My central career objective is to spend the balance of my professional life developing culturally sensitive mental health delivery models for African immigrants and refugees, especially older residents, always linking research to practice. I hope to serve as a teacher, consultant, researcher, and clinician in my area of expertise. Your doctoral program will help me to become a well rounded intellectual and scholar concerning the mental health and public policy issues faced by or affecting our senior populations, especially first-generation immigrants. Since I am myself an immigrant from Africa to the US, and now embarking on middle age at 44, I feel uniquely qualified for the development of a research interest in this area since I have a well refined capacity to empathize with the stresses that immigrant families and individuals from Africa must bear, the difficulties of cultural adjustment, migration trauma, etc.  I look forward to shouldering increasing professional responsibility in my work with African immigrants and refugees, institutions of higher learning, and social work professionals: conducting research and designing culturally appropriate, integrative mental health service models. It is painfully clear to me that social service agencies lack the necessary expertise in the development and implementation of culturally specific and appropriate mental health services for immigrants and refugees from Africa, as well as other regions of the world, and I ask for the opportunity and profound privilege of devoting my life to this cause.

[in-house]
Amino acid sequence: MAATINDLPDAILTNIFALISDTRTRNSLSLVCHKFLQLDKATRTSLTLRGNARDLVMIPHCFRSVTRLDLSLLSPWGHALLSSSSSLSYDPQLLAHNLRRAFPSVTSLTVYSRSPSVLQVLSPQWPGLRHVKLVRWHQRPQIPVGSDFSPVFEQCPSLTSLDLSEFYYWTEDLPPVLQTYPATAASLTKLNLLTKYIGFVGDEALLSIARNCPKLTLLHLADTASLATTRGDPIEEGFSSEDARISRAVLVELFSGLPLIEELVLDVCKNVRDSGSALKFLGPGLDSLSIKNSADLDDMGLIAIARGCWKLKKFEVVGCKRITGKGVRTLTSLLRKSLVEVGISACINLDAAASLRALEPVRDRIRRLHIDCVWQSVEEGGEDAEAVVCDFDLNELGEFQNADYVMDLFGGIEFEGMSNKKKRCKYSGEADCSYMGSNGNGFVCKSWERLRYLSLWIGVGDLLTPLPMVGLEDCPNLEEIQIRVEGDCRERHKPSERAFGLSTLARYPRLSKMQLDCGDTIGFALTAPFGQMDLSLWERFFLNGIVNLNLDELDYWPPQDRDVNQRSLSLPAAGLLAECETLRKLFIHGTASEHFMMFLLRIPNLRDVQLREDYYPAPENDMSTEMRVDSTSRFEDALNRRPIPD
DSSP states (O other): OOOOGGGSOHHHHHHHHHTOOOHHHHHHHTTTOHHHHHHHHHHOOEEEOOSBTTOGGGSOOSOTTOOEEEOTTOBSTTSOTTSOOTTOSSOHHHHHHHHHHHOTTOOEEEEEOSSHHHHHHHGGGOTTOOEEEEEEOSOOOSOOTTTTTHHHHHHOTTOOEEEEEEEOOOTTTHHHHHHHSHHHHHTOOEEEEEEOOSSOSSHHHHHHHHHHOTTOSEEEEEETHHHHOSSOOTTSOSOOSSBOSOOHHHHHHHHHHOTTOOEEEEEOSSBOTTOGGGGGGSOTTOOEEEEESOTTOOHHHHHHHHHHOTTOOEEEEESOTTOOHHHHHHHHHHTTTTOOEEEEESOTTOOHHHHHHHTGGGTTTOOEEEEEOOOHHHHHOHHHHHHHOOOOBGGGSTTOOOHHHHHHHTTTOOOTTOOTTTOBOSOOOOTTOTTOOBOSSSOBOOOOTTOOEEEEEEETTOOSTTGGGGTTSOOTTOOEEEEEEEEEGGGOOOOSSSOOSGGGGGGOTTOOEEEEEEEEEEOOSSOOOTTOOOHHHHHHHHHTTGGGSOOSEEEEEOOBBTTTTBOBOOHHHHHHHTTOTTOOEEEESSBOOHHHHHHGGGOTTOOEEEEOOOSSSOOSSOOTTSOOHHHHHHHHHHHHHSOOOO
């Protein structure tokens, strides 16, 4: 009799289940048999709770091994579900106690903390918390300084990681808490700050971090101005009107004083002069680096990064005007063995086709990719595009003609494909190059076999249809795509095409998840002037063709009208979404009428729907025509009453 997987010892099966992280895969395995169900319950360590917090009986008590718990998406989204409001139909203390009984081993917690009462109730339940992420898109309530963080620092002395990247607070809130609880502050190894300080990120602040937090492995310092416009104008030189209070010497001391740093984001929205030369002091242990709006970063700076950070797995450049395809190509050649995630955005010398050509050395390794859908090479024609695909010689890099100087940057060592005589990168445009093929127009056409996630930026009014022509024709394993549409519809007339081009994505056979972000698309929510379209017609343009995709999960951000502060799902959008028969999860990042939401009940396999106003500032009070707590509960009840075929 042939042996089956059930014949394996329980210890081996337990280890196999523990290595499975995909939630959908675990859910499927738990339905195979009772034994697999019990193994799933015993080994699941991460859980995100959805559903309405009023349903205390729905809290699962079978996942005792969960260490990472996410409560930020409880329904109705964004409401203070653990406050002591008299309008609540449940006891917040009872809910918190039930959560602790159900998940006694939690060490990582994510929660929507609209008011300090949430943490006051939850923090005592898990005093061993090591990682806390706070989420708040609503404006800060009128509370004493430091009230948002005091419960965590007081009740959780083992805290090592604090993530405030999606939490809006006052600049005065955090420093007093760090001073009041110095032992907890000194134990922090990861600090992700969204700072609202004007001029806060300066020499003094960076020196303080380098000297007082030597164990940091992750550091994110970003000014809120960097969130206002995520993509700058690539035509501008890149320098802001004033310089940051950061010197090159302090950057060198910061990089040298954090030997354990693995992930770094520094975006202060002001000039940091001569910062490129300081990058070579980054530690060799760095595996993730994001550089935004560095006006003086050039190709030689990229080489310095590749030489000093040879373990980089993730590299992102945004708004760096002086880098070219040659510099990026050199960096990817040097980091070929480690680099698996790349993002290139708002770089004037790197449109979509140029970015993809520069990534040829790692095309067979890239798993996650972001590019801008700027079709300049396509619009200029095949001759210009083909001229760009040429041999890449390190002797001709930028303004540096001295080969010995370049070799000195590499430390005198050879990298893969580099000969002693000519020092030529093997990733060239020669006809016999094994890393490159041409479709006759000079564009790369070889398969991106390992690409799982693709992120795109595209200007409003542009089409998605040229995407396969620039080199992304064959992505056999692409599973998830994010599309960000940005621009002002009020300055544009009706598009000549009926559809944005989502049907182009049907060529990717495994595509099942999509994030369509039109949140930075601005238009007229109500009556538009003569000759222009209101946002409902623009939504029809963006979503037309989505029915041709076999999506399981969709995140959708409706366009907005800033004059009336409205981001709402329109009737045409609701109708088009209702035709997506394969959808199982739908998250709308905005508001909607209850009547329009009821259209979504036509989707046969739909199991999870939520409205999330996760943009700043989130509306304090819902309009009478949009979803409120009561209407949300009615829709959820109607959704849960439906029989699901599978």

I am also interested in the opportunity afforded by your program to attain a dual degree in social work and psychology, since I am concerned with the mental health issues of immigrant populations and this would help to refine my capacity to perform creative, cutting-edge research in this area. As a social worker, I am interested in promoting greater levels of social inclusion for immigrants from Africa and the study of psychology would help me to understand the mental health aspects of that inclusion. I am particularly excited about the possibility of studying under Professor XXXX whose research interest is in the area of clinical gerontology and racial and ethnic variations of service delivery to the elderly. I thank you for considering my application to your program.